Apple has focused on the problem and worked out with different app developers to find out the solution and in iOS 10.3, this flaw is removed.
The code only triggered 911 calls from iPhones, exploiting a feature in the smartphone’s software that allows users to click on a phone number and immediately initiate a call.
Apple says the update supersedes that capability and now requires users to always press a second confirmation before initiating a call.
Recently, a cyber security expert stated how big the problem was, explaining that getting thousands of calls at a time declared one 911 center in “immediate danger” of losing services. The head of Government affairs at one trade group told the media that the results could have been devastated if the exploit attack was created just only to disable 911 system services nation-wide.
“If this was a nation-state actor that wanted to damage or disable 911 systems during an attack, they could have succeeded spectacularly,” says Trey Forgety, director of government affairs at the National Emergency Number Association, a 911 trade group.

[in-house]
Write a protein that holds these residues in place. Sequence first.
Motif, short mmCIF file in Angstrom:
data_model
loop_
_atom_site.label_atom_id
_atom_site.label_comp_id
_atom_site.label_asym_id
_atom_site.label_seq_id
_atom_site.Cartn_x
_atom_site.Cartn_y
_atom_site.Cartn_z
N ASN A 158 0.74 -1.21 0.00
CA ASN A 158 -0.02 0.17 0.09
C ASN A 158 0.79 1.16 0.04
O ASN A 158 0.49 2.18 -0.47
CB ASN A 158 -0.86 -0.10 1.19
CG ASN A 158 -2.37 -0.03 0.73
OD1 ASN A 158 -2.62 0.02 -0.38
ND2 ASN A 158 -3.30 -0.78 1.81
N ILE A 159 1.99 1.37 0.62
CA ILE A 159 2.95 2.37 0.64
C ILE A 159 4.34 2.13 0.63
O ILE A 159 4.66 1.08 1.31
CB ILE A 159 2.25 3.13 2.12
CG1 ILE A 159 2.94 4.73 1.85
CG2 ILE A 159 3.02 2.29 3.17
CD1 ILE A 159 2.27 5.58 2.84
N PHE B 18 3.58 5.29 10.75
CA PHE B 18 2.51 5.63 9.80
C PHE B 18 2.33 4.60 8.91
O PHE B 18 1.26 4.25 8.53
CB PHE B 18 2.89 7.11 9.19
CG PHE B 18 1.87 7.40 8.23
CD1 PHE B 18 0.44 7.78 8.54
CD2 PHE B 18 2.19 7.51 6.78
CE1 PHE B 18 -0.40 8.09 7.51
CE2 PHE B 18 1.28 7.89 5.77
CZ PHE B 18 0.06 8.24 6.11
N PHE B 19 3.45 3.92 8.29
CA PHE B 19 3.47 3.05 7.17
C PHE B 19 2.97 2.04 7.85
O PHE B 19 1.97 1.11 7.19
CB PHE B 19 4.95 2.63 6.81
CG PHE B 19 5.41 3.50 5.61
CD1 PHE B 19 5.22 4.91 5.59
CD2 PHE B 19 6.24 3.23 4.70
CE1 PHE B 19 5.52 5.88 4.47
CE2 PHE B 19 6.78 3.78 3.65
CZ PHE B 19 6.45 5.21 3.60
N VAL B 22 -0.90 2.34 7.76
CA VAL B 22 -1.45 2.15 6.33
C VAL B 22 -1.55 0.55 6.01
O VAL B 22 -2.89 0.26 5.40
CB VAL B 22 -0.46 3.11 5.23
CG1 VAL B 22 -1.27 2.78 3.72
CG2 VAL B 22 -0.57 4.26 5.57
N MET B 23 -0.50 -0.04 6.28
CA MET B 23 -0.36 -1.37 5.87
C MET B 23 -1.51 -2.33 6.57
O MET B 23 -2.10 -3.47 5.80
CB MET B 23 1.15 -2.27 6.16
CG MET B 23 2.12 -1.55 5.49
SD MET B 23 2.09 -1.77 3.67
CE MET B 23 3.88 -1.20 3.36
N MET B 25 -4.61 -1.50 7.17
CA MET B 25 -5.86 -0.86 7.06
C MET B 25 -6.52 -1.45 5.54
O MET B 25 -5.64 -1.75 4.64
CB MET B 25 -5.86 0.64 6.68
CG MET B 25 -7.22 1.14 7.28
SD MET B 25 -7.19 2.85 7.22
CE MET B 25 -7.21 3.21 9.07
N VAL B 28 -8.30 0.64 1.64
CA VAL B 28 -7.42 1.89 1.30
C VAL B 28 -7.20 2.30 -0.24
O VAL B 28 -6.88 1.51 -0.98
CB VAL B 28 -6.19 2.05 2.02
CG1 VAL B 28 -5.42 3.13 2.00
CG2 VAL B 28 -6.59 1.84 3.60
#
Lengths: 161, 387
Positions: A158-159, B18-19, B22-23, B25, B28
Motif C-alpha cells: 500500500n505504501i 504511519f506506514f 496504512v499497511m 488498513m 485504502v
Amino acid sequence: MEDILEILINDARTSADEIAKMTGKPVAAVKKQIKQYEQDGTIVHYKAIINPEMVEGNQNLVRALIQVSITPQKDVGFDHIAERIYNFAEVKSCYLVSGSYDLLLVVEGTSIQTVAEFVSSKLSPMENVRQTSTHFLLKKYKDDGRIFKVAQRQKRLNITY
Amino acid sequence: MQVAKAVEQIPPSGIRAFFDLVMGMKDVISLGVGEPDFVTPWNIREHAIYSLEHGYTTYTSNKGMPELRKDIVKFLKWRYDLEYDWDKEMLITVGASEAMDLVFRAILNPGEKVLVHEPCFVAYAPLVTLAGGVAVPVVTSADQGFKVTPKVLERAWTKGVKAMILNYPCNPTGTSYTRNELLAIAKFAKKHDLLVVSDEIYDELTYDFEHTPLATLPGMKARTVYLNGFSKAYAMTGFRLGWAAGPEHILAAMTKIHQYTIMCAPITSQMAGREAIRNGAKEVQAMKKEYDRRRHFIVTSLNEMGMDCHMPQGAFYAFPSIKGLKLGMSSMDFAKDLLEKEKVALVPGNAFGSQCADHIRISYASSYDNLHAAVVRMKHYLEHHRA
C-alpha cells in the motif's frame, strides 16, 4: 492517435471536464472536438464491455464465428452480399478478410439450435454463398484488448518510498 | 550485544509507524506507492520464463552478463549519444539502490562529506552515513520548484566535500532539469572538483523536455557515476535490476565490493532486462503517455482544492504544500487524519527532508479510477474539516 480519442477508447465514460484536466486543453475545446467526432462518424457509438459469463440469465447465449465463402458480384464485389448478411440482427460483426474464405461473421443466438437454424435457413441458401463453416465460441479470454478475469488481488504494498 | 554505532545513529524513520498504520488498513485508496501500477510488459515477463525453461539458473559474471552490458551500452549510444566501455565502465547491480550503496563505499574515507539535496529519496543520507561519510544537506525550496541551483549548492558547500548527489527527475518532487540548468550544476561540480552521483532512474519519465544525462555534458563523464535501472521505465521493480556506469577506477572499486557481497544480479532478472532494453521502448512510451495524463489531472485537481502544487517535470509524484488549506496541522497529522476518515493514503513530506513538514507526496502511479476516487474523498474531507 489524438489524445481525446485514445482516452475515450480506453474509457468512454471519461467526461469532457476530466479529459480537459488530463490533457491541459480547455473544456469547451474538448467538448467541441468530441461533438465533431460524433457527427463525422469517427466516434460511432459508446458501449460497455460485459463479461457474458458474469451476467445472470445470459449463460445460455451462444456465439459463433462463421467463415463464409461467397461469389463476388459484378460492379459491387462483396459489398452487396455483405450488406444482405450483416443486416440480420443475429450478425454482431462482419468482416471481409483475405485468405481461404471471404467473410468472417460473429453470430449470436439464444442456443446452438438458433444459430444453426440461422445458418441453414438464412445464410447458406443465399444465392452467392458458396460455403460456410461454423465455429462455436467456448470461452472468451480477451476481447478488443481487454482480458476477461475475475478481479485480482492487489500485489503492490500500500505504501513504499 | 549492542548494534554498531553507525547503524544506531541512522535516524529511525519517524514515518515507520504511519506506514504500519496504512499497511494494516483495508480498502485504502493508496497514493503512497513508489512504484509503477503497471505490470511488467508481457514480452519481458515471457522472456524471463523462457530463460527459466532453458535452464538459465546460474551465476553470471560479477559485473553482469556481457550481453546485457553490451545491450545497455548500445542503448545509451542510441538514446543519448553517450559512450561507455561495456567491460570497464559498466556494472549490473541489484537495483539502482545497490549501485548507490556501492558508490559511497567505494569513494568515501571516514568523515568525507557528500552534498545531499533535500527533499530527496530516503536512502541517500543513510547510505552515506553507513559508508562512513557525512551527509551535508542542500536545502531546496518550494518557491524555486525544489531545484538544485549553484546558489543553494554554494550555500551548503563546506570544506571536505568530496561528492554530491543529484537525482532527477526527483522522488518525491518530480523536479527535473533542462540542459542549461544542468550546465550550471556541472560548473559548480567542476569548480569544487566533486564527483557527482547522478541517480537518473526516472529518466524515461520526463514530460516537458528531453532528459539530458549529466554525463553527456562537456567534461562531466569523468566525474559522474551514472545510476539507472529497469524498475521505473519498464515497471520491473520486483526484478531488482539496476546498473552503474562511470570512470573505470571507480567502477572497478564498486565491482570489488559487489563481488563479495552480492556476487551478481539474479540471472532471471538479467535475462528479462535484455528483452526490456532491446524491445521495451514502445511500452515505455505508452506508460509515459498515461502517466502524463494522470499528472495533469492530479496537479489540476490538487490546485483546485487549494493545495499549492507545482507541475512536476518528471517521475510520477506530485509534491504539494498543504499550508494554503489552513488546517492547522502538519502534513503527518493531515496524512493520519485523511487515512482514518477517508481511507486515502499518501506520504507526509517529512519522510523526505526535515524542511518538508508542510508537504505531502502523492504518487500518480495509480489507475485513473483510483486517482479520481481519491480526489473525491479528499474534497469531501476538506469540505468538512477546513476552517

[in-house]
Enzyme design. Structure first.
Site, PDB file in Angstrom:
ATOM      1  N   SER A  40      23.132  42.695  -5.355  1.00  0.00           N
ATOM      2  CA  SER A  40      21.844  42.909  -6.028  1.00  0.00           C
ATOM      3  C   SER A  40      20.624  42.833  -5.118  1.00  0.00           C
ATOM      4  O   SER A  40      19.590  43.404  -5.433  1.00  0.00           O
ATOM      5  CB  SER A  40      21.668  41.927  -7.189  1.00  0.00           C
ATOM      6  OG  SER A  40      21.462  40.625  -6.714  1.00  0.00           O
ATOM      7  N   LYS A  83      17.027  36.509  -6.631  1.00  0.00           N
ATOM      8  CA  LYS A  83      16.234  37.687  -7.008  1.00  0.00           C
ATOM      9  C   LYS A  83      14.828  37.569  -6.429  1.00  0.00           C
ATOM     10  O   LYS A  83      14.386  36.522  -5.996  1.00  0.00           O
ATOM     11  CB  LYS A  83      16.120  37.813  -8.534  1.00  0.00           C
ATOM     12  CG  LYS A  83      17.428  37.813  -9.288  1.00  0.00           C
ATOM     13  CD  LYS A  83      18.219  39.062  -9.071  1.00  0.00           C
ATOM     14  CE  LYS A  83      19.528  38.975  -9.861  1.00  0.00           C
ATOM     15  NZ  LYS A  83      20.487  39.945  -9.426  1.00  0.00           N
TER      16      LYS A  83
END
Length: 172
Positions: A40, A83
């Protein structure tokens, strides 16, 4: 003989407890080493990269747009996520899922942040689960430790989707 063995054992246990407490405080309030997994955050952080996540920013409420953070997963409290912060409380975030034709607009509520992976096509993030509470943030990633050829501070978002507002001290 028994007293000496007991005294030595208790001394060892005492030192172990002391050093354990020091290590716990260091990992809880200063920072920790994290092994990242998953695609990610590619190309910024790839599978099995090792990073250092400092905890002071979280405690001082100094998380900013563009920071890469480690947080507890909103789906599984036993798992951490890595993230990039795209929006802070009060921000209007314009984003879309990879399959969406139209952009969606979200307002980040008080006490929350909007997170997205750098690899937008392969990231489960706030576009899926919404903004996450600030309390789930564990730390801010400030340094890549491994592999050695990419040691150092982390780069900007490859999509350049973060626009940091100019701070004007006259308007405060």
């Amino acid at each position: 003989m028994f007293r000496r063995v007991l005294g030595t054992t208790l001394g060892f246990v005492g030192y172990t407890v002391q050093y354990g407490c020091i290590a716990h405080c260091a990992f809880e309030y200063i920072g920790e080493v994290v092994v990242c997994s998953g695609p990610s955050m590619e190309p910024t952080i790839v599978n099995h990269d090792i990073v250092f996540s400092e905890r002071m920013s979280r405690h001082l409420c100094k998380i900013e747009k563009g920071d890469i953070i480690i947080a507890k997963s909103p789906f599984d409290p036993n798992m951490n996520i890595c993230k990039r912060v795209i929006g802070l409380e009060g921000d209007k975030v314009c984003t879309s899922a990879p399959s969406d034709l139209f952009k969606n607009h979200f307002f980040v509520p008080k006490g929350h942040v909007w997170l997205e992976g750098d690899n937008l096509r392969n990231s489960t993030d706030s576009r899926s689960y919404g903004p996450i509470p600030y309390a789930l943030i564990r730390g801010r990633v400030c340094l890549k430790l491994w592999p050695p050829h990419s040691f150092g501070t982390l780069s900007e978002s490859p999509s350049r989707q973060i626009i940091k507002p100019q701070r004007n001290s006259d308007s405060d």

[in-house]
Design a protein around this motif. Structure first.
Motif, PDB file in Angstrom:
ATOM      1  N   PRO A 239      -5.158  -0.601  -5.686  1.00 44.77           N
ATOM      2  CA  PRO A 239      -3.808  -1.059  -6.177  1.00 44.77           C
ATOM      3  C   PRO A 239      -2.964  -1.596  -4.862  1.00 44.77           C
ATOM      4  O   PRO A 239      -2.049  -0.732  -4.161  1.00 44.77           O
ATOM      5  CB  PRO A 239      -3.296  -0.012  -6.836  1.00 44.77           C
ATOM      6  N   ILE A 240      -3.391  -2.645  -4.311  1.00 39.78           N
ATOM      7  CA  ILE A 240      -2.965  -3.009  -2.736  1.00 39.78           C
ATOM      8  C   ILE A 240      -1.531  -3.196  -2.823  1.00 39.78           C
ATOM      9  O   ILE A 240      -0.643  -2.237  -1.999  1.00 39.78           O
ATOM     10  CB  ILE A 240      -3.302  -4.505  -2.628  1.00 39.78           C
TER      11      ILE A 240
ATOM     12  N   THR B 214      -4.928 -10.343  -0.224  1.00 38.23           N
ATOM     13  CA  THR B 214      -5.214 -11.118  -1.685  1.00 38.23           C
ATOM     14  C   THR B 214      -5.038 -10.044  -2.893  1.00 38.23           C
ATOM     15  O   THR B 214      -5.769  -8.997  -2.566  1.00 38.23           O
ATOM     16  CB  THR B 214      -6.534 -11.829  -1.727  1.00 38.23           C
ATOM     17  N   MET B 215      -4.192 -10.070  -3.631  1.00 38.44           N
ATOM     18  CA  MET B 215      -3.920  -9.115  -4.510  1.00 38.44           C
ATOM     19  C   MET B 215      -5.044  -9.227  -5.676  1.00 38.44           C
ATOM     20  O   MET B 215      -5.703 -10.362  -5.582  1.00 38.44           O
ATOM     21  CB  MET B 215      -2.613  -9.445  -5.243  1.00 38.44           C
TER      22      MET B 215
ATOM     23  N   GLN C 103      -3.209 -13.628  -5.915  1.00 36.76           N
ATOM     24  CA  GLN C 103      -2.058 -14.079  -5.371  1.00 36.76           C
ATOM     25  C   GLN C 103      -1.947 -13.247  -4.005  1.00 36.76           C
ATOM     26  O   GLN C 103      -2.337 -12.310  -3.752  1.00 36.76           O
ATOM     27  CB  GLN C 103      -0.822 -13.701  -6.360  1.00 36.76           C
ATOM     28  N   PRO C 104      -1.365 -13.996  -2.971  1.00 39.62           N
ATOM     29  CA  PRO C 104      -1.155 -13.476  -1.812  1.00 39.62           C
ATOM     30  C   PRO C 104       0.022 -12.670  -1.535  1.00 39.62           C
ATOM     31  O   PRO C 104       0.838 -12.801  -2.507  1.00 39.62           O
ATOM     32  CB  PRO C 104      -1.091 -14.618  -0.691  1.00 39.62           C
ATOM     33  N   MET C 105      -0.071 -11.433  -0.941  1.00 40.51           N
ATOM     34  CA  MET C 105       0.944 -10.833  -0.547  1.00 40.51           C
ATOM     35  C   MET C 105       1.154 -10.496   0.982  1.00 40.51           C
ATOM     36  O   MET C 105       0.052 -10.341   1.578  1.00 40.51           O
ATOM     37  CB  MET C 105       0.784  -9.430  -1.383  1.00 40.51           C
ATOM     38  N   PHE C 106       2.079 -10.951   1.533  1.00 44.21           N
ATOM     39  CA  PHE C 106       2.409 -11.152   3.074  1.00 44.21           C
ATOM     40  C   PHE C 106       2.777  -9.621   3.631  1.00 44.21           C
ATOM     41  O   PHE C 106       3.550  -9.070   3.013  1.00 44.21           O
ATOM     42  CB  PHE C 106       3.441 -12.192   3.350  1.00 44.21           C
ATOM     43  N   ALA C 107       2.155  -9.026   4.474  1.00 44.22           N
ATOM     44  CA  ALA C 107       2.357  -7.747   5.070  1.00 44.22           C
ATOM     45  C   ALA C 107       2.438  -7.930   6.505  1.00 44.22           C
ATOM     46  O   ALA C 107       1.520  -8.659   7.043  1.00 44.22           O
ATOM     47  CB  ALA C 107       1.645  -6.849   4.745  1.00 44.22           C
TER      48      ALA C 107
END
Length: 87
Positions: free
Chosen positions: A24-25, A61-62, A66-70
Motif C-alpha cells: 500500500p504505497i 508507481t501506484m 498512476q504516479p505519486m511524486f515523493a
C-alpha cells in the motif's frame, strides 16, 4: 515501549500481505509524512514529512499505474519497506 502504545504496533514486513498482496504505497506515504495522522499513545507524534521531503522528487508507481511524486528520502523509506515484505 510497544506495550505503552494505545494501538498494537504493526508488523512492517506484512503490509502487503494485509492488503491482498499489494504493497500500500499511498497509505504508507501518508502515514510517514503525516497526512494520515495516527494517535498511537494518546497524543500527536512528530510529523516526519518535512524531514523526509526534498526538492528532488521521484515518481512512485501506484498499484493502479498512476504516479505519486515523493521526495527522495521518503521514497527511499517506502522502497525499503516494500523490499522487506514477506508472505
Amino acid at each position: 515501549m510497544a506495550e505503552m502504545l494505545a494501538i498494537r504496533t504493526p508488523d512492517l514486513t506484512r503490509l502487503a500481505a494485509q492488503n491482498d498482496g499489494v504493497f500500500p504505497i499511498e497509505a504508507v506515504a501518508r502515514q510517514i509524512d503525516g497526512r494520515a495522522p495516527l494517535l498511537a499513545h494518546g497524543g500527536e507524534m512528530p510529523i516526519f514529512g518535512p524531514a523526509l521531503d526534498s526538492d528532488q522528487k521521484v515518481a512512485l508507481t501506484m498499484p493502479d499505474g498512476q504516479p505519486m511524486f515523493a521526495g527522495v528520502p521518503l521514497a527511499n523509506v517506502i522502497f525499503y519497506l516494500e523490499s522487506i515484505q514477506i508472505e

Apple had responded to the issue by announcing an incoming fix for it. iOS 10.3 is that fix. iOS 10.3 includes a variety of new features and numerous security fixes. Apple has confirmed that this iOS 10.3 was the effort to work out the solution for 911 exploit this is now officially available. The fix for this specific bug is one of the many reasons to update tot he latest iOS 10.3
Apple has also started working on iOS 10.3.2 beta version and has also released iOS 10.3.1 which bring 32-bit devices compatibility.